By Irvin Himmel
“I do not subscribe to a religious periodical,” says one, “because there is so much fighting in all the papers.” “Why can’t preachers just preach the gospel and not be fighting all the time?” asks another. Then someone else adds, “I do not believe that different churches should fight each other. After all, no group is perfect, and every denomination is striving for the same goal.” Such expressions as these are quite common in this age of tolerance, passivism, and religious indifference. Anyone who comes out fighting strongly for what he believes is regarded as having a bad spirit. To attack the validity of another’s doctrine is seen as bigotry; to expose a practice which is unscriptural is viewed as biased judgment growing from an unkind feeling.
Jesus A Fighter
Before I say anything more on this subject, let me remind the reader that our Lord Jesus waged a relentless battle against Satan and all the forces of evil during His ministry. Jesus fought sin and error in whatever form it appeared. He called names, not to be ugly, but for clear identification. In fighting against hypocrisy and self-righteousness, Jesus named the Pharisees and scribes. He said plainly, “Woe unto you, scribes and Pharisees, hypocrites! for ye are like unto whited sepulchres, which indeed appear beautiful outward, but are within full of dead men’s bones, and of all uncleanness. Even so ye also outwardly appear righteous unto men, but within ye are full of hypocrisy and iniquity” (Matt. 23:27-28).
In fighting against false doctrines, Jesus named two leading parties, the Pharisees and Sadducees. He warned, “Take heed and beware of the leaven of the Pharisees and of the Sadducees” (Matt. 16:6).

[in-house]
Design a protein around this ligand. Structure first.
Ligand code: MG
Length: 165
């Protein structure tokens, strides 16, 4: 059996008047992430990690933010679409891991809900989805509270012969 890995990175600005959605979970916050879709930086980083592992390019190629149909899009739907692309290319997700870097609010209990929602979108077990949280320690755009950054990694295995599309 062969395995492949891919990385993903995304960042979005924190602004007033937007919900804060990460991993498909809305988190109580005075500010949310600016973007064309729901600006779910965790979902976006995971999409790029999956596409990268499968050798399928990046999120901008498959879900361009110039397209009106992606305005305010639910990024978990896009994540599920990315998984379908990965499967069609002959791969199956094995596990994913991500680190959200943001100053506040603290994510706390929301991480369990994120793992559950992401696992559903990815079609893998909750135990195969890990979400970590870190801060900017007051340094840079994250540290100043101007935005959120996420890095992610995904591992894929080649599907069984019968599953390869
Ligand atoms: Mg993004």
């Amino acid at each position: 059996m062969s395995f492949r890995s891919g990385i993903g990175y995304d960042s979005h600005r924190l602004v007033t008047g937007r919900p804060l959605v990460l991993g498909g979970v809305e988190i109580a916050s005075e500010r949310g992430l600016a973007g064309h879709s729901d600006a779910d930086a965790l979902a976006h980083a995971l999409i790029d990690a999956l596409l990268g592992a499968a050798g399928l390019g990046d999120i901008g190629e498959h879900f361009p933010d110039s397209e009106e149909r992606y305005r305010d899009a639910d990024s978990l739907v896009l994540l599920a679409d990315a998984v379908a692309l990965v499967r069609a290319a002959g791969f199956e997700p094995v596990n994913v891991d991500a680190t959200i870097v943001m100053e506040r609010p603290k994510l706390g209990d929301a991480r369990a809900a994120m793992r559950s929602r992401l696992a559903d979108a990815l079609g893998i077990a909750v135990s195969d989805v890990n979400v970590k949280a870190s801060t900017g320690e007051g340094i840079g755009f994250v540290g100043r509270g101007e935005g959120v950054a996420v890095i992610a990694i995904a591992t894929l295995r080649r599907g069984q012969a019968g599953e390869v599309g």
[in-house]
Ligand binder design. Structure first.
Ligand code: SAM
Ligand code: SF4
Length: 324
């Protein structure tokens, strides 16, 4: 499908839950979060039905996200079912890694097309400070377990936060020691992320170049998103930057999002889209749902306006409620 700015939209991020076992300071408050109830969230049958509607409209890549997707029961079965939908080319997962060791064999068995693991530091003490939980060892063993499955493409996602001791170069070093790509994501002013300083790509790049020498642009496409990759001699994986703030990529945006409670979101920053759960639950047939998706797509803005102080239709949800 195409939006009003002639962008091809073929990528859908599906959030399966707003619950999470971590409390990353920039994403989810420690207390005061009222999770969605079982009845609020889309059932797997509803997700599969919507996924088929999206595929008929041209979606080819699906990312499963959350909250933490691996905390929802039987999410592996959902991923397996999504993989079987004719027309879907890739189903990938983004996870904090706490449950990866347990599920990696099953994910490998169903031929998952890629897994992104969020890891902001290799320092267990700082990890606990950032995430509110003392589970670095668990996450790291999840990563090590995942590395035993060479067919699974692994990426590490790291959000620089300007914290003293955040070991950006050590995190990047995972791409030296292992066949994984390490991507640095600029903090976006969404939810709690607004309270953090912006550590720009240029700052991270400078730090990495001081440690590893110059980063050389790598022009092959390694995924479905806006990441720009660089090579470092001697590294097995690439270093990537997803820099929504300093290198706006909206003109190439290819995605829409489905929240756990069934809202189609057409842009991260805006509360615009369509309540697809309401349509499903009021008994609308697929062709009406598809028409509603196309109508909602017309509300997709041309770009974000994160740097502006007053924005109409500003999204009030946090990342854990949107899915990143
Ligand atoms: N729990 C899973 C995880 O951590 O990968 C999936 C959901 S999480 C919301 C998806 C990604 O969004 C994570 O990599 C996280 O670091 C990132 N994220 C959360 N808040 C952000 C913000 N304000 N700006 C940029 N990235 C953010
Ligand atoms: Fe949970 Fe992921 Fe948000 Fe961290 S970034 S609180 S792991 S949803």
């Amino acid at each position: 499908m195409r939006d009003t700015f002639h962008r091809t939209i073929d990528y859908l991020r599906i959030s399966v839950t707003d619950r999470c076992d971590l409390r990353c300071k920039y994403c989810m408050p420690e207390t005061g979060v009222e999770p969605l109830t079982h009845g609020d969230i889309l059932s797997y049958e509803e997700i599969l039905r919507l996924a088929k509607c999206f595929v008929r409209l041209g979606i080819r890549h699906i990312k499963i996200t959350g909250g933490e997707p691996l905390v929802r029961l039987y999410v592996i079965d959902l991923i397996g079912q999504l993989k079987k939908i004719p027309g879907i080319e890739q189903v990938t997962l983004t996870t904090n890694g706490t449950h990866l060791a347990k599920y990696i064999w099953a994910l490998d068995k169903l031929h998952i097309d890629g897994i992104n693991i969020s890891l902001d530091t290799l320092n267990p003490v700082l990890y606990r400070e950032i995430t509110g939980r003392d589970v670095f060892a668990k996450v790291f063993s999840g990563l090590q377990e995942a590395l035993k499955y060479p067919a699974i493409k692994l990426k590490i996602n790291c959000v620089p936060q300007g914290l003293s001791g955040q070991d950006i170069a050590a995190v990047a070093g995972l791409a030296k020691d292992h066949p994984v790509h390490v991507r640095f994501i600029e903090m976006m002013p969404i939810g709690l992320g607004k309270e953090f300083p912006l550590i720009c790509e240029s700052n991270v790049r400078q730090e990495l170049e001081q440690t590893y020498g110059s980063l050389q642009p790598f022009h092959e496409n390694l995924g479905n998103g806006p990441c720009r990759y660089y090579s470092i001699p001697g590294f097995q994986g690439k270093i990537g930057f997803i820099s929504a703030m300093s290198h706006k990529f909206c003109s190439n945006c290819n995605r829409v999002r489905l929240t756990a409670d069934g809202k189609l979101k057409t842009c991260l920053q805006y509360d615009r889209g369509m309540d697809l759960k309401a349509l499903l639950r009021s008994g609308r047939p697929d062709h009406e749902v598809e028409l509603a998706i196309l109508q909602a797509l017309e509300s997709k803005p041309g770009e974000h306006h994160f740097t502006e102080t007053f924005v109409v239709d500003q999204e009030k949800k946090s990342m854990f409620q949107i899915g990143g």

In fighting against impenitence, Jesus named specific cities in which He had preached-Chorazin, Bethsaida, and Capernaum. He sternly declared, “And thou, Capernaum, which art exalted to heaven, shalt be thrust down to hell” (Lk. 10:15).
The fight against unbelief prompted Christ to boldly say to some of the Jews, “Ye are of your father the devil, and the lusts of your father ye will do” (John 8:44).
His constant war on wickedness found expression in our Lord’s saying to some of the religious leaders, “Ye hypocrites, well did Esaias prophesy of you saying, This people draweth nigh unto me with their mouth, and honoureth me with their lips; but their heart is far from me. But in vain they do worship me, teaching for doctrines the commandments of men” (Matt. 15:7-9).
Disciples Expected To Fight
The servant is not above his Lord. If Jesus who is our Lord and Master declared war on false teaching and lawlessness, it is expected that we who are His disciples fight on the side of our Commander.
Paul charged Timothy to be aggressive. He urged him to “war a good warfare” (1 Tim. 1:18) and “endure hardness, as a good soldier of Jesus Christ” (2 Tim. 2:3). “Fight the good fight of faith, lay hold on eternal life. . .” (1 Tim. 6:12). Timothy understood that he had to fight to be pleasing to God.